# Find unknown vector X if these relations hold true

1. Jan 29, 2015

### Purcolator

• Member warned about posting a problem with no effort shown
1. The problem statement, all variables and given/known data
If an unknown vector X satisfies the relation
X · b = β
X × b = c
express X in terms of β, b, and c.

2. Relevant equations
X · b = |X||b|cos(θ)
X × b = |X||b|sin(θ)
3. The attempt at a solution
I don't know where to start... :( someone pls give me a hint

2. Jan 29, 2015

### Stephen Tashi

For the cross product, you need notation to say "the magnitude of " $| X \times b | = ....$

One approach to this problem would be to represent the vectors in their 3 components (e.g. $(X_x,X_y,X_z)$) but I think that would be a big mess.

Another approach is to assume that "express $X$ in terms of $\beta,b,c$ can be fulfilled by a treating those quantities as single symbols. With that approach we can write $X = P + Q$ with $P, Q$ vectors as long as they are expressed in terms of the symbols $\beta, b, c$. Begin by letting $P$ be the component of $X$ that in in the same direction as vector $b$. The direction of $b$ is expressed as the unit vector $\frac{b}{|b|}$. Can you find the component of $X$ in that direction? Perhaps you have studied how to "project" a vector onto another vector.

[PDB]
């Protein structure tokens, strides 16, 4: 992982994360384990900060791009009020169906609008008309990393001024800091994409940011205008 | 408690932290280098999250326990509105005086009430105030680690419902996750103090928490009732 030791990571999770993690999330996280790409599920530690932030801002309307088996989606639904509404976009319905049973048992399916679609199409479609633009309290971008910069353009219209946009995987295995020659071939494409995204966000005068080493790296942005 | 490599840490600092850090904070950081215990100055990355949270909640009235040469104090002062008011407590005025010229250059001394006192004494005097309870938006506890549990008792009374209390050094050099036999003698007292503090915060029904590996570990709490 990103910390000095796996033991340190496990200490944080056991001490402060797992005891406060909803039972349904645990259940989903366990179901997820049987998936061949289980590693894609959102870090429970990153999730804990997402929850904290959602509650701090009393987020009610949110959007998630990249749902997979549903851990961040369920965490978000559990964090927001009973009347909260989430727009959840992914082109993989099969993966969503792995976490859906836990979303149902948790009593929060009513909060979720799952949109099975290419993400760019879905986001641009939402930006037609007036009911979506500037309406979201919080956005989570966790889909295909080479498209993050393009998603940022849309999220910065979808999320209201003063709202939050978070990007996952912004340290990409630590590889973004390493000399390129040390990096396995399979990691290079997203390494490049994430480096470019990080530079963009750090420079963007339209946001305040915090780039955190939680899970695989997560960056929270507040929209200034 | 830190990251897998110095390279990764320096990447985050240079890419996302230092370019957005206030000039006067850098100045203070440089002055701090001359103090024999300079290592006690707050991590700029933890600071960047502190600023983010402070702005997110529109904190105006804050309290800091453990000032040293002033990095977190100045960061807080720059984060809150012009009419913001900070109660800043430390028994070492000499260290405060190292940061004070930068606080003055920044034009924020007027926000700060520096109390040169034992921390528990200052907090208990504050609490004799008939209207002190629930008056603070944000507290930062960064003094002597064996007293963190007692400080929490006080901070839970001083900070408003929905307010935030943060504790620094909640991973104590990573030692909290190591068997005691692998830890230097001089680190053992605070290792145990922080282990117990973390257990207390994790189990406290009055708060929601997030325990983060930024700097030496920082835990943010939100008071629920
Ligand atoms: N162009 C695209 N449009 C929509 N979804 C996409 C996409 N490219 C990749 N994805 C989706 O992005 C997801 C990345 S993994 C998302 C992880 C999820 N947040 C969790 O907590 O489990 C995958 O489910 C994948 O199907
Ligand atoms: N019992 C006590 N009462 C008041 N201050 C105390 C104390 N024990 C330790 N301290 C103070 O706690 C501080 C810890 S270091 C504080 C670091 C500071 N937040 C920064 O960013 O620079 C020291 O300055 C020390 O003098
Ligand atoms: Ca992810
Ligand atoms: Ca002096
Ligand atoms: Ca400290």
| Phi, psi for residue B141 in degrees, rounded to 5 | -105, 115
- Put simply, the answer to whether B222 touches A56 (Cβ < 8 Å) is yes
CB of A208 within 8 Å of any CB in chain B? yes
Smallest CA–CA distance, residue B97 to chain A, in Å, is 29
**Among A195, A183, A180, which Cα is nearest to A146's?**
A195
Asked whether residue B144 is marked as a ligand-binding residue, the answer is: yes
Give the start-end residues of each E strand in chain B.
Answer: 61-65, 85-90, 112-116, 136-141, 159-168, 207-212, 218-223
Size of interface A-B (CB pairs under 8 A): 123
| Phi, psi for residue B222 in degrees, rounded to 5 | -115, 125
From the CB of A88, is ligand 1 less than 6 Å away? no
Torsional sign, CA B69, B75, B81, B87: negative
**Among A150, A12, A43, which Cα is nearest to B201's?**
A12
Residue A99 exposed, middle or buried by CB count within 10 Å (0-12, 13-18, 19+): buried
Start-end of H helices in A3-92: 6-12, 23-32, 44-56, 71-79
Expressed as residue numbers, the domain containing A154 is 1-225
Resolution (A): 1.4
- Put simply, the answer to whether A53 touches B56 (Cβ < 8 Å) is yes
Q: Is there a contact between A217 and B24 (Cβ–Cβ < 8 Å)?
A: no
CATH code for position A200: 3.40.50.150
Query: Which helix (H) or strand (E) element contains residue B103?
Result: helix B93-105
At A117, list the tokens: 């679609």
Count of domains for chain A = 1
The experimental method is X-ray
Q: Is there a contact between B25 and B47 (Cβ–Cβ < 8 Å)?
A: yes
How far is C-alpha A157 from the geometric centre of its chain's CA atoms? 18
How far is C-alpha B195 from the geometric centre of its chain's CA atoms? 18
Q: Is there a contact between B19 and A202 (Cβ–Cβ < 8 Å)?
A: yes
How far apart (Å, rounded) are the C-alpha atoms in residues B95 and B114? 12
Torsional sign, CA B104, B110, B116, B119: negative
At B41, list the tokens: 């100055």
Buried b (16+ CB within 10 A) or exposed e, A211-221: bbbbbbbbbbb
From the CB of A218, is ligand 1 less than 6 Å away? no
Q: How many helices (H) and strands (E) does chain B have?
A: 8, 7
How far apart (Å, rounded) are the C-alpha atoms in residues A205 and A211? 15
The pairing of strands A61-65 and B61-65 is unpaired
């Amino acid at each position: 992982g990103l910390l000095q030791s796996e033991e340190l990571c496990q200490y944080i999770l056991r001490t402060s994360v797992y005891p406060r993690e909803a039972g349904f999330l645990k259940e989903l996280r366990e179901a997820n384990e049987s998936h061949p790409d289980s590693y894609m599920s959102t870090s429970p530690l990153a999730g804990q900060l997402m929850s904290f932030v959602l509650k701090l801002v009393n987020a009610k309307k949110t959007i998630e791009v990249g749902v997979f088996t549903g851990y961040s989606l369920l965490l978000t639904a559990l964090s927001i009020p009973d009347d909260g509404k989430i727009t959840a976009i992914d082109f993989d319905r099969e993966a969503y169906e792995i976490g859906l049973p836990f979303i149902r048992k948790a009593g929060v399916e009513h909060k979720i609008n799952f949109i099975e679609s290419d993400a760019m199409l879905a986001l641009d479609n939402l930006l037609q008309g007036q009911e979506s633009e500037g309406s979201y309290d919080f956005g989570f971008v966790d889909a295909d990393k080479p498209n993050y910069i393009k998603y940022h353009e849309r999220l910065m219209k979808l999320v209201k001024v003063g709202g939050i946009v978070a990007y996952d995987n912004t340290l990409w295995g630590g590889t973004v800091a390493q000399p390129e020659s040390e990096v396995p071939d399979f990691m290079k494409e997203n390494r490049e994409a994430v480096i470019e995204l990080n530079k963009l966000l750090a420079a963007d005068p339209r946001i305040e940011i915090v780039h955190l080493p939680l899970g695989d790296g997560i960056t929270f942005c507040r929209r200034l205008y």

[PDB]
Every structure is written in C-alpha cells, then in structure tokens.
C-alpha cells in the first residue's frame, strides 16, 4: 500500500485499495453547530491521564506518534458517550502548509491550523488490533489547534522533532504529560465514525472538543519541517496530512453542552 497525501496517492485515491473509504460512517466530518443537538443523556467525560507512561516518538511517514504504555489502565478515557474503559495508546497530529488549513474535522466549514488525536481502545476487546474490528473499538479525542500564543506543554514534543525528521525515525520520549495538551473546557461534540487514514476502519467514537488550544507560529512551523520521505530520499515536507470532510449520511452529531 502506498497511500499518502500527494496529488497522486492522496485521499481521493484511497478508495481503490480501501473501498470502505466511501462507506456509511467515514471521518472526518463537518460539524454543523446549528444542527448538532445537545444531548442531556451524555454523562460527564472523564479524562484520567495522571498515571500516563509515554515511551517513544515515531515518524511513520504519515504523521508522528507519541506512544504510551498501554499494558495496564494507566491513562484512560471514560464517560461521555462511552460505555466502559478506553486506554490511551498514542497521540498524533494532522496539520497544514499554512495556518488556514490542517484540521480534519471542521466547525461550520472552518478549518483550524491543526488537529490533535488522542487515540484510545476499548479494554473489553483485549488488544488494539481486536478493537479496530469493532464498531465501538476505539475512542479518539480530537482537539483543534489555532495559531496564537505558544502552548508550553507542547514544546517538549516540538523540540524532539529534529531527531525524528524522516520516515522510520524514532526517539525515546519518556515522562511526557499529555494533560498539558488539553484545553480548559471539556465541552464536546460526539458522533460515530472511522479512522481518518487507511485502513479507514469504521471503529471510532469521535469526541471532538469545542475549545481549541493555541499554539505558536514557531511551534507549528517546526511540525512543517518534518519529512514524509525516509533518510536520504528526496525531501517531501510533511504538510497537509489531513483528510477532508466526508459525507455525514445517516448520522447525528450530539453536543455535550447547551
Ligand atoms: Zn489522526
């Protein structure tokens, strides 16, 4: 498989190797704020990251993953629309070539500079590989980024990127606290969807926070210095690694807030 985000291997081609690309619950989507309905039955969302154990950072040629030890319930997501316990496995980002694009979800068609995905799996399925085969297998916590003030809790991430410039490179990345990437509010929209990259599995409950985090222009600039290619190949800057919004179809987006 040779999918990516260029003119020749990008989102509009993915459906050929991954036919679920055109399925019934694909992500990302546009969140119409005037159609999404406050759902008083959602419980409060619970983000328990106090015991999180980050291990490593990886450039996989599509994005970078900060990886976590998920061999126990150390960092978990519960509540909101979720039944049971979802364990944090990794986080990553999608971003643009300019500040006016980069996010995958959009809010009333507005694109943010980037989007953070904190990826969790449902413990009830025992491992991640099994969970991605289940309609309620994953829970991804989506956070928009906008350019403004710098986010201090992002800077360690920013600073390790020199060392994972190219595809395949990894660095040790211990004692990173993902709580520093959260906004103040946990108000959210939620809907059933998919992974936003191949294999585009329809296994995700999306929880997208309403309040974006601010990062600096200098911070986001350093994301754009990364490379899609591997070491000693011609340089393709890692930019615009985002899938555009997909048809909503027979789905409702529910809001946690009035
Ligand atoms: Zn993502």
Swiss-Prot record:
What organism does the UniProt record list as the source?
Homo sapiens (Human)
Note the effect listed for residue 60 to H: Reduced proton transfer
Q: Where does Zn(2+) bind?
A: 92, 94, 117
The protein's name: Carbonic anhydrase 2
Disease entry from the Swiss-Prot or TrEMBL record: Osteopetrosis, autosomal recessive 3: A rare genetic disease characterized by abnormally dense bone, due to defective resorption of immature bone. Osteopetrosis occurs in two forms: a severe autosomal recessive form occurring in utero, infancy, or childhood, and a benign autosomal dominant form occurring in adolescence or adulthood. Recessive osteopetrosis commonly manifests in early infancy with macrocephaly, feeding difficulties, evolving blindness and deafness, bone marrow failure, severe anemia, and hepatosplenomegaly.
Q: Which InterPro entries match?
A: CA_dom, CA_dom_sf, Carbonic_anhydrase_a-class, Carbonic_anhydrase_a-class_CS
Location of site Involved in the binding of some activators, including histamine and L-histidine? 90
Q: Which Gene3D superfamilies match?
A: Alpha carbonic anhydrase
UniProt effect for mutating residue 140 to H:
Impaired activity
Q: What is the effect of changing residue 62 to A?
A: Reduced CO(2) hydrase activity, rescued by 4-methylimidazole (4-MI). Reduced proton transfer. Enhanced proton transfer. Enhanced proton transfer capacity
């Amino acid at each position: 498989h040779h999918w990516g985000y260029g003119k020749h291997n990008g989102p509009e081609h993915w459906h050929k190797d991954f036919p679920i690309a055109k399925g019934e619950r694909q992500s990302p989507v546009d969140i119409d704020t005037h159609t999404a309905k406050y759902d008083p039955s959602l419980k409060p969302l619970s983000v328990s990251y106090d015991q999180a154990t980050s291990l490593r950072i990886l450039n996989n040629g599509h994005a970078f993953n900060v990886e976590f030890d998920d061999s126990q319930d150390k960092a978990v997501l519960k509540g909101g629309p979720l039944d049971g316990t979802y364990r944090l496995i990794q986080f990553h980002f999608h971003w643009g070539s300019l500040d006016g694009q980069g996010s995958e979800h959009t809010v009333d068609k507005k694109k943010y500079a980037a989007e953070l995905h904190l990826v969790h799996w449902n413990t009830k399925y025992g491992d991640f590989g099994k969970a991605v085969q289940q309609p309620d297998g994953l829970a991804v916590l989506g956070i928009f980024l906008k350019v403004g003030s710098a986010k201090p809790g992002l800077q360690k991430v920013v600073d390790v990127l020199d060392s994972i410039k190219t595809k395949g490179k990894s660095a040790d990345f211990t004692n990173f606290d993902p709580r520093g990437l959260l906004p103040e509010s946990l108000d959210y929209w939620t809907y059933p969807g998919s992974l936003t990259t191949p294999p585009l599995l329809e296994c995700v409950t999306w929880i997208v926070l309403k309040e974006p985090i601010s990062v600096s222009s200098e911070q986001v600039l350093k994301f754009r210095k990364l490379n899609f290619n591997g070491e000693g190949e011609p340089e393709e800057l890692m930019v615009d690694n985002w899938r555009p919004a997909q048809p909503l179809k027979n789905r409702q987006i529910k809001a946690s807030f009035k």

3. Jan 30, 2015

### Purcolator

OK that makes sense! so I'm guessing Q would be the projection of X onto c? However I'm stuck from here because i cannot express that projection in terms of correct variables (don't know A dot C)..... am i wrong?

4. Jan 30, 2015

### Stephen Tashi

It wouldn't be the projection on c because c is perpendicular to the plane of X and b. To get something in the same plane as X and b, try the vector (b x c).

5. Jan 30, 2015

### Purcolator

isn't (b x c) = X?

6. Jan 30, 2015

### Stephen Tashi

Suppose b = the unit x vector and X = (1,1,0). Then X x b = c has the direction of (-1) times the unit z vector. And b x c has the direction of the unit y vector.

7. Jan 30, 2015

### Purcolator

OK that makes sense.... but how would i express X dot (B x C) when i am formulating the projection? I'm trying to take X out... :/

8. Jan 30, 2015

### Stephen Tashi

My guess is that you'll have to use one of the formulas that expresses X dot (b x c) in a different way. ( perhaps the signed volume of a parallelopiped formula in http://en.wikipedia.org/wiki/Cross_product ) See if there is an expression that uses X x b or b x X since you can replace those expressions with c or -c. Don't forget that projecting X on a vector V involves dividing (X dot V) by |V|.

9. Jan 30, 2015

### Purcolator

Thanks so much. i finally got the answer... I appreciate you tremendously!!!!!